Photography 101 Pt. 1
With over 8 years of experience, Bill Vahrenkamp explains how he got started using his first Windows PC along with Breez to start his photobooth business.
What's the difference between a zoom and a prime lens? What's a crop sensor?
In this video, Bill explains the in's and out's of exposure, cameras and lighting as well as the importance of investing in good glass (lenses) to increase the longevity of your investment.
It's mentioned that the perfect exposure is a balancing act of your ISO, Shutter Speed and F-Stop but this also includes ensuring that your colors are correct as well.
One major tip that's shared is to never use auto ISO in your photobooth, as this is the main cause of different exposures on a single strip (which can make guests look like ghosts!)
This can be compared to film (if you remember the old days). ISO 100 will have a cleaner picture but needs a lot of light vs. ISO 1600 will be a lot more grainy but will allow you to shoot in darker environments.
For most people a grainy image isn't noticeable in a photo strip however if your guests plan to print larger images later, this can be something to consider.
Your camera typically has a maximum flash sync speed and this is usually in a fraction of a second: 1/60th as an example.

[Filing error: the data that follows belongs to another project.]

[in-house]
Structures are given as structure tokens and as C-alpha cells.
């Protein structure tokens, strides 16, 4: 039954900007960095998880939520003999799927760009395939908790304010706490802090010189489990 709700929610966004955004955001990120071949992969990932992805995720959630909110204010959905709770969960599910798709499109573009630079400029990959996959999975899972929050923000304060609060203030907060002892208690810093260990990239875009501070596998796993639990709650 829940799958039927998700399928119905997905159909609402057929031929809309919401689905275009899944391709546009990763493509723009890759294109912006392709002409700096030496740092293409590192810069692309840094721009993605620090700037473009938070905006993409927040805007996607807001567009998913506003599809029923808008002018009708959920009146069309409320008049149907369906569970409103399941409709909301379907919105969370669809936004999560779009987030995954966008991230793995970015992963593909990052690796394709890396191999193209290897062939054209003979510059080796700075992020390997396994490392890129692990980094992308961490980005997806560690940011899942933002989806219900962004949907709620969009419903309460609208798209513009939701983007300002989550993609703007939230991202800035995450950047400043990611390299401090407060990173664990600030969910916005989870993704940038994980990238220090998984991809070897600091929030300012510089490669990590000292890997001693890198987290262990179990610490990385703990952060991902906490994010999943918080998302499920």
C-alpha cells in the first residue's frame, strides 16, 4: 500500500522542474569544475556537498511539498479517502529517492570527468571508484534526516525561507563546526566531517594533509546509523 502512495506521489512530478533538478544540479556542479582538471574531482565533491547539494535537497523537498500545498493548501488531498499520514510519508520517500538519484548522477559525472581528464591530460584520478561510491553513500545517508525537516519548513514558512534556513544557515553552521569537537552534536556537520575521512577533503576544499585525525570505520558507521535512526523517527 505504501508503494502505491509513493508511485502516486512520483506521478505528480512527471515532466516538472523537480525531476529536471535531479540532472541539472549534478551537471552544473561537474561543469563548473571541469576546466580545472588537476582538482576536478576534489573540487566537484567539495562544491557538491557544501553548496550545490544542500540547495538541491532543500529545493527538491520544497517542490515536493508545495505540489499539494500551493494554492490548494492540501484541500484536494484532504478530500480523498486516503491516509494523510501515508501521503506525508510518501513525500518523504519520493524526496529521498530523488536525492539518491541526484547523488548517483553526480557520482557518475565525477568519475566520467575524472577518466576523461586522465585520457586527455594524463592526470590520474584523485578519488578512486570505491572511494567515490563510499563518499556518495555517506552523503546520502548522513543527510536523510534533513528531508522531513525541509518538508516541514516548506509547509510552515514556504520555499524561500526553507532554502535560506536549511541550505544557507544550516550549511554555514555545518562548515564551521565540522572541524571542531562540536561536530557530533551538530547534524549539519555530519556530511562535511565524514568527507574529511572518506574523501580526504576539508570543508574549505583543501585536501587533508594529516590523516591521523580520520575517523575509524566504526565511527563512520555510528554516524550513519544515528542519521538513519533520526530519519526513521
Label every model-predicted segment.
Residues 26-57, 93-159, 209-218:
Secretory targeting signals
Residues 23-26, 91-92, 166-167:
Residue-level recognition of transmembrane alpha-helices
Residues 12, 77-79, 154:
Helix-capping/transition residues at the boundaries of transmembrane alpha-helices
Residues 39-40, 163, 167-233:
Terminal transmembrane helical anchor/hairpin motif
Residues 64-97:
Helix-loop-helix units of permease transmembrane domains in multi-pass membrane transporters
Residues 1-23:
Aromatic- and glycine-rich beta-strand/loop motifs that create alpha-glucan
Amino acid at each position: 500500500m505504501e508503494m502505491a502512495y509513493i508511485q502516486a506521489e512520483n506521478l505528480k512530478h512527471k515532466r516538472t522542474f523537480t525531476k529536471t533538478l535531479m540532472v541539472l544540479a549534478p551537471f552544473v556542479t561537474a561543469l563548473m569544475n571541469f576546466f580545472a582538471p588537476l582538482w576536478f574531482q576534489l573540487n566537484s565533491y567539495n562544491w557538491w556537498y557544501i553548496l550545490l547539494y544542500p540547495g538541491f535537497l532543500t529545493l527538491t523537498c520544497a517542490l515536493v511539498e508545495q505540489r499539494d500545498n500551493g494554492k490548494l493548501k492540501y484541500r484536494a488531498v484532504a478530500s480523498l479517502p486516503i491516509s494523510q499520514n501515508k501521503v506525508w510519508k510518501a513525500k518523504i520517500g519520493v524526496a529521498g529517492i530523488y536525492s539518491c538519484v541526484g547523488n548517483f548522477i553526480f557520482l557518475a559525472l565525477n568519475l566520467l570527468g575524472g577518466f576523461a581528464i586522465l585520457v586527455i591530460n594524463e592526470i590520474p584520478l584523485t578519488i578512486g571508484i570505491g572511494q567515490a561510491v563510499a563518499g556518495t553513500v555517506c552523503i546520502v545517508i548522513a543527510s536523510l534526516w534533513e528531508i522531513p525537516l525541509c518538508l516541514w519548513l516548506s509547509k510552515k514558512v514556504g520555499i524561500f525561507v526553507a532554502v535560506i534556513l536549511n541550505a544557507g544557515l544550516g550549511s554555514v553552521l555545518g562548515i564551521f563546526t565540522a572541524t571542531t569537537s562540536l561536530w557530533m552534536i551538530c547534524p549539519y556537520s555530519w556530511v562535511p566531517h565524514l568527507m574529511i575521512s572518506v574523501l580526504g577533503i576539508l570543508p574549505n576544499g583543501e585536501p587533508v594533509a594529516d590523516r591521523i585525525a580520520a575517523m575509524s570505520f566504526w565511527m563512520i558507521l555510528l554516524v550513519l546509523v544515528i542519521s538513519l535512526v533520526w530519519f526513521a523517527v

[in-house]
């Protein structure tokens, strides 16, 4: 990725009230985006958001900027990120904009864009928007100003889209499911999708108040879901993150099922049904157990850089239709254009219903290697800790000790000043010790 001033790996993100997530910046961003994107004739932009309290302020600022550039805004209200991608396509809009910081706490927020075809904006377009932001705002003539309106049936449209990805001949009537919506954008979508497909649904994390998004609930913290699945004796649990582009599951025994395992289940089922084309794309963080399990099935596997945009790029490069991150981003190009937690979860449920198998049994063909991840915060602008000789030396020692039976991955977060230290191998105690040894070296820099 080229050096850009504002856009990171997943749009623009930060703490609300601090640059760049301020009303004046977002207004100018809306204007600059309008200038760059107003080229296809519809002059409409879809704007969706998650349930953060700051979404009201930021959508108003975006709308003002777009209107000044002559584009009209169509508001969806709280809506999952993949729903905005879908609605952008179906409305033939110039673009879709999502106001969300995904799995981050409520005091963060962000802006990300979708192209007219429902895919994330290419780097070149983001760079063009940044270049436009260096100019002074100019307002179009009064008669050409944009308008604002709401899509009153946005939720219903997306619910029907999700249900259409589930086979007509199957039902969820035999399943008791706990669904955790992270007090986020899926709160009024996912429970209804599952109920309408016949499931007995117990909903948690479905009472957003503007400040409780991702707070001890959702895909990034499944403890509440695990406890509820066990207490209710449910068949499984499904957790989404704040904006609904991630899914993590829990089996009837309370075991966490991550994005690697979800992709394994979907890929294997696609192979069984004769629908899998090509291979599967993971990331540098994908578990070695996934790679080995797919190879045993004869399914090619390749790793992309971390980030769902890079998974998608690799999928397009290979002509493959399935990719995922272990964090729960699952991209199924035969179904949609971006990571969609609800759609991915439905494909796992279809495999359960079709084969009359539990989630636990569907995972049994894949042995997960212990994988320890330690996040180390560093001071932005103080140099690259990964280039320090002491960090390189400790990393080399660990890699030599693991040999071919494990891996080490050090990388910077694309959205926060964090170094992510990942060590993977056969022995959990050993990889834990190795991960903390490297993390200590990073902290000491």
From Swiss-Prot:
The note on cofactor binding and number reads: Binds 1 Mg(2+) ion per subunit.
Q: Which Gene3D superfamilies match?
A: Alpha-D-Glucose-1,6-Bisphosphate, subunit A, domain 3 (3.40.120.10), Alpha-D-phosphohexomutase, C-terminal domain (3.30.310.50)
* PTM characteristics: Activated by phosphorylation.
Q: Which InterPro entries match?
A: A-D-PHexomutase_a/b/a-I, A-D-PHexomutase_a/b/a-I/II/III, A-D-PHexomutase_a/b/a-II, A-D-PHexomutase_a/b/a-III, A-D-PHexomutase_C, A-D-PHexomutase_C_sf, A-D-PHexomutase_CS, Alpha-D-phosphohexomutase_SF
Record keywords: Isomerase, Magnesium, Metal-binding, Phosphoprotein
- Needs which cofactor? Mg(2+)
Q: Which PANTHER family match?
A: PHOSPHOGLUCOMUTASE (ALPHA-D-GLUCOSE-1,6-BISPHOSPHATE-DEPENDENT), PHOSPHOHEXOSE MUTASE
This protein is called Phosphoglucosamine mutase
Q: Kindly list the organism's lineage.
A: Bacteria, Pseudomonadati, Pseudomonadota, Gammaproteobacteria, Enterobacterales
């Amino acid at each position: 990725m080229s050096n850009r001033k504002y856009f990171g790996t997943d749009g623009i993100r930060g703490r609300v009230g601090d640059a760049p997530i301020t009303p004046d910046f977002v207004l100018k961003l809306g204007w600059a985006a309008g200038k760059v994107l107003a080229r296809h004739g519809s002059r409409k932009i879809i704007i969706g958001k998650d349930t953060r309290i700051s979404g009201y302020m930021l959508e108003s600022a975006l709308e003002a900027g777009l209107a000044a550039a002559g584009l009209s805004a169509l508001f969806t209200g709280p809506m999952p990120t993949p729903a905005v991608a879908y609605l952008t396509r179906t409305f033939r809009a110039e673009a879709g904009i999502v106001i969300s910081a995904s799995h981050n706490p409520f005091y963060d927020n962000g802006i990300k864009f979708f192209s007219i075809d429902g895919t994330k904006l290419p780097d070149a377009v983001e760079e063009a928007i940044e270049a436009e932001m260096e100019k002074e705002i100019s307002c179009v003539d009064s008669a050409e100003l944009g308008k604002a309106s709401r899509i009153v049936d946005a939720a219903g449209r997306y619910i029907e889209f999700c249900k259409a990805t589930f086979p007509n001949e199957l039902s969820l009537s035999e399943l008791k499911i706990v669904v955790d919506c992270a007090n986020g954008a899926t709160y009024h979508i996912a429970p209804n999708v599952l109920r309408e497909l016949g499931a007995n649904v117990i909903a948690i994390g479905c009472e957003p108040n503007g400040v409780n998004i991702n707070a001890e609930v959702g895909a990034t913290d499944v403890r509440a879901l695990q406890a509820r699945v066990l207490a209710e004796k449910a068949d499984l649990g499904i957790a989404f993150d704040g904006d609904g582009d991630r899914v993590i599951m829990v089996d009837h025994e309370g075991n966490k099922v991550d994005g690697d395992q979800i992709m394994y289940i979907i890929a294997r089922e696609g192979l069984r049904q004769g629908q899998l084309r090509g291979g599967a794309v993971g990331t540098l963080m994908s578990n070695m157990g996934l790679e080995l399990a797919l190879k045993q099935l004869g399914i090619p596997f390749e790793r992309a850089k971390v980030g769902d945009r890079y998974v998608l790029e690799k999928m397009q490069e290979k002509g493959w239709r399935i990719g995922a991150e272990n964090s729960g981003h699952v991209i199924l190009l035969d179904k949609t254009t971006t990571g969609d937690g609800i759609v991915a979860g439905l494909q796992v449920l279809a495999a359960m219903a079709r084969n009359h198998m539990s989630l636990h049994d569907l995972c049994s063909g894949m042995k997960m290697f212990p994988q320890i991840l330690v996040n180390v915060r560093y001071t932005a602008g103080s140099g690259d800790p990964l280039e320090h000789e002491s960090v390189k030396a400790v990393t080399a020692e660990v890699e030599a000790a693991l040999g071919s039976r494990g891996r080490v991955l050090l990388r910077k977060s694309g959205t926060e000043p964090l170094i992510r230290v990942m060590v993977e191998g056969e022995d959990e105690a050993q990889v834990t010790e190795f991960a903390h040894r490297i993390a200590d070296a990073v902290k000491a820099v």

If you notice that your image has black bars going across it, then you'll know that your shutter speed is too high. Alternately, if it is too low it may be blurry or will allow too much ambient light and will look like you're at a rave. As always, consult your manual so you know what your specific camera suggests.
This is a big one, especially when shooting events with multiple people in a single photo. You may notice some numbers such as f2.8 or f5.6 and this is another way that your camera measures lights. Take f2.8 for example, this will allow a lot of light in but will only allow a shallow depth of field that's similar to a portrait photo that's typically seen. For f16, this will allow less light into the camera but will allow an entire scene to be in focus, which is great for group shots!
- Auto vs. Manual Focus
- White Balance
- Exposure Modes
- Flash Strobe
- And more!
We're confident that after watching this, you'll be eager to use your gear and knock out that first event!